In my junior year of high school, I went on a retreat of sorts through a club I was in. The retreat was guided by a woman named Mary and through it, I was further introduced to the concept of “environmental racism” and how it affected not only my community but also the world around us. Our retreat took us somewhere up in the mountains, to a place called Forest Falls. The car ride up there was filled with stories of the area, such as Mary describing a small waterfall with water so clean you could drink straight from it. Although the drive was a little under an hour, it felt like an entirely different world once we arrived. Upon our arrival, my mind was spinning with endless questions and realizations. The first thing I noticed was how crisp and clean the air was; so crisp that it took us all a minute or so to get used to it. It was odd, realizing that the clean air was something I was going to have to get used to while in Forest Falls. Growing up in Riverside, California, I knew the air quality I was accustomed to wasn’t exactly amazing, but I never understood before this that there was anything else to be offered.
Air quality was only one of the differences I noted between Forest Falls and Riverside. A predominantly white community, Forest Falls was very different compared to Riverside in terms of demographics. Maybe it was the fact that it was snowing, maybe it was the drinkable water coming from a small, nearby waterfall, or maybe it was something more. While hiking over to the small waterfall, Mary began to explain to us what environmental racism is. A concept that developed throughout the 1970s and 1980s in the United States through the environmental justice movement, environmental racism is a term used to describe the disproportionate effect of environmental hazards on low-income and minority groups, often and more specifically, people of color.
She went on to explain how the differences we noted between our home in Riverside and Forest Falls were due to environmental racism. We all lived in a predominantly Hispanic area in Riverside. All we knew at the time was the comparably polluted air quality, new homes being built over sewage sites, and the River Bottom. In a weird way, the River Bottom was almost like our small waterfall, except the water is incredibly dirty and contaminated, definitely not something you would want to drink. However, when you compare the two, you are once again able to note the extreme differences between our communities. So then it all boils down to what causes these differences? From the water crisis in Flint, Michigan, to the consequences of the Dakota Access Pipeline, to even the issues within our communities in Riverside, race plays a large role and some of us are only just noticing this.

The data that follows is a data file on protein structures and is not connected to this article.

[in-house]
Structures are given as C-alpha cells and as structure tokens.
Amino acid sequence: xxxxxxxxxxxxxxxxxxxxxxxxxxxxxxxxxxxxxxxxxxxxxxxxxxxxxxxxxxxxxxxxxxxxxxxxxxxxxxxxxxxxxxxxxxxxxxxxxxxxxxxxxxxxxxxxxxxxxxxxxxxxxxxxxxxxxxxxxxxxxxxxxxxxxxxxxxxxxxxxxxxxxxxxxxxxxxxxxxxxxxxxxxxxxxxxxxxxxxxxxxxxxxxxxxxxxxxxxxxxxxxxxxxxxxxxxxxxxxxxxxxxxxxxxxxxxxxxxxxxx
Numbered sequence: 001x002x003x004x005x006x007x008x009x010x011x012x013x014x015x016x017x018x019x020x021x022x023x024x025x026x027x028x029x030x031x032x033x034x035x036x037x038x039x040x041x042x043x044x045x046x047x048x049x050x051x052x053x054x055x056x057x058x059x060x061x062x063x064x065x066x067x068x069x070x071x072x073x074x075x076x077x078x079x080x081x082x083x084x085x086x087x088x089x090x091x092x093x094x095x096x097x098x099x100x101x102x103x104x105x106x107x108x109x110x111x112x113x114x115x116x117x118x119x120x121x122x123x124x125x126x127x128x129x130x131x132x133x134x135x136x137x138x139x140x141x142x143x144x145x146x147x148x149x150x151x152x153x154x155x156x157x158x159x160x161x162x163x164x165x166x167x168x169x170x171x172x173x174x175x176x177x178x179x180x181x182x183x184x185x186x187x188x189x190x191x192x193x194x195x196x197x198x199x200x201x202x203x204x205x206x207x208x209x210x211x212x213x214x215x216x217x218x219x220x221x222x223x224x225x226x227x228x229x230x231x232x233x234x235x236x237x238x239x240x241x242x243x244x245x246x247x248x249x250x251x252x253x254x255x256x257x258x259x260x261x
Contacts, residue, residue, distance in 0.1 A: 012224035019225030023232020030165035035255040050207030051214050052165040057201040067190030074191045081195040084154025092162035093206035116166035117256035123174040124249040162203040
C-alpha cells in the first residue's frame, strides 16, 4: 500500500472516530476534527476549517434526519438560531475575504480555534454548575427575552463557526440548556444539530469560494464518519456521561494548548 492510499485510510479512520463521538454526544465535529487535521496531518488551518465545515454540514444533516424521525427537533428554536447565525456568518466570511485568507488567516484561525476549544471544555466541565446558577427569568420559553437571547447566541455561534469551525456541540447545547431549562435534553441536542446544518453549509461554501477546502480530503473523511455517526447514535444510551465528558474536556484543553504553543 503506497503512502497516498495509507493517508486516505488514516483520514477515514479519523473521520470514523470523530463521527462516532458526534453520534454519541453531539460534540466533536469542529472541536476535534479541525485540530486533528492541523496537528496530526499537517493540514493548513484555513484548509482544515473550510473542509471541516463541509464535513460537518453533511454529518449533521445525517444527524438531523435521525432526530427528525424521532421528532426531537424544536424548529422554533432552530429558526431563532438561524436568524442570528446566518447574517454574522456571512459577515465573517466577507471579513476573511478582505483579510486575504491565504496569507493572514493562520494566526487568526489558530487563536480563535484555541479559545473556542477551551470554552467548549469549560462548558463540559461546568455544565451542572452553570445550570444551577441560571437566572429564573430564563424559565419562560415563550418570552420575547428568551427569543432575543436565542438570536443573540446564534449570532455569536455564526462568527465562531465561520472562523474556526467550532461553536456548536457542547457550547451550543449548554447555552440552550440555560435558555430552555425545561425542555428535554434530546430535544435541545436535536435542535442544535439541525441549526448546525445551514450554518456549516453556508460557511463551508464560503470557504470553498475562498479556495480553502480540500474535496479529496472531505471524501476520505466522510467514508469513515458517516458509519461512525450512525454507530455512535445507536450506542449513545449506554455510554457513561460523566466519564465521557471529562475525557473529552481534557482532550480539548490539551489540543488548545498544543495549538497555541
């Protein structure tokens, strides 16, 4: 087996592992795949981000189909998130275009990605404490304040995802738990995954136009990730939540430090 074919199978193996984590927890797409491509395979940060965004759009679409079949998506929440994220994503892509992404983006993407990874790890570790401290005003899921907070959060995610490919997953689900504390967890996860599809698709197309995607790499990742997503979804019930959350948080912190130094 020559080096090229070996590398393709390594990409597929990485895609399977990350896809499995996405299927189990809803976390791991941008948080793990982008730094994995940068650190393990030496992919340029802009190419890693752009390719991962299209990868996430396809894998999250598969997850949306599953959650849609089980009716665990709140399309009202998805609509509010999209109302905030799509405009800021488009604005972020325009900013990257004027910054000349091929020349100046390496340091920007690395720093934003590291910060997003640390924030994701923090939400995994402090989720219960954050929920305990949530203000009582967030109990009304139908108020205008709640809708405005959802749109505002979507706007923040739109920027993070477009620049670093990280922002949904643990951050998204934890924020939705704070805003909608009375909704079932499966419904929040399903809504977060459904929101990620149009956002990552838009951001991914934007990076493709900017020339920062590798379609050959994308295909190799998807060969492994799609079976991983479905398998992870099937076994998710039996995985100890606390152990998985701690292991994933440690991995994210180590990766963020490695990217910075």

Prior to this retreat and learning experience, there was a lot I didn’t know and understand about the role race plays in environmentalism. Even now, there is still more for me to learn. All I can say now is that after the retreat, after we had all walked back to the car and headed home, I realized that my perspective had changed. I would call this my introduction to environmental racism, where I would begin to understand how close to home, as well as how large the issue of environmental racism really is. By this point, I had seen it affect others, but never really saw how it affected my community. There were things I never took into consideration before this retreat. Things I now take into consideration, which have influenced my understanding of the world around us.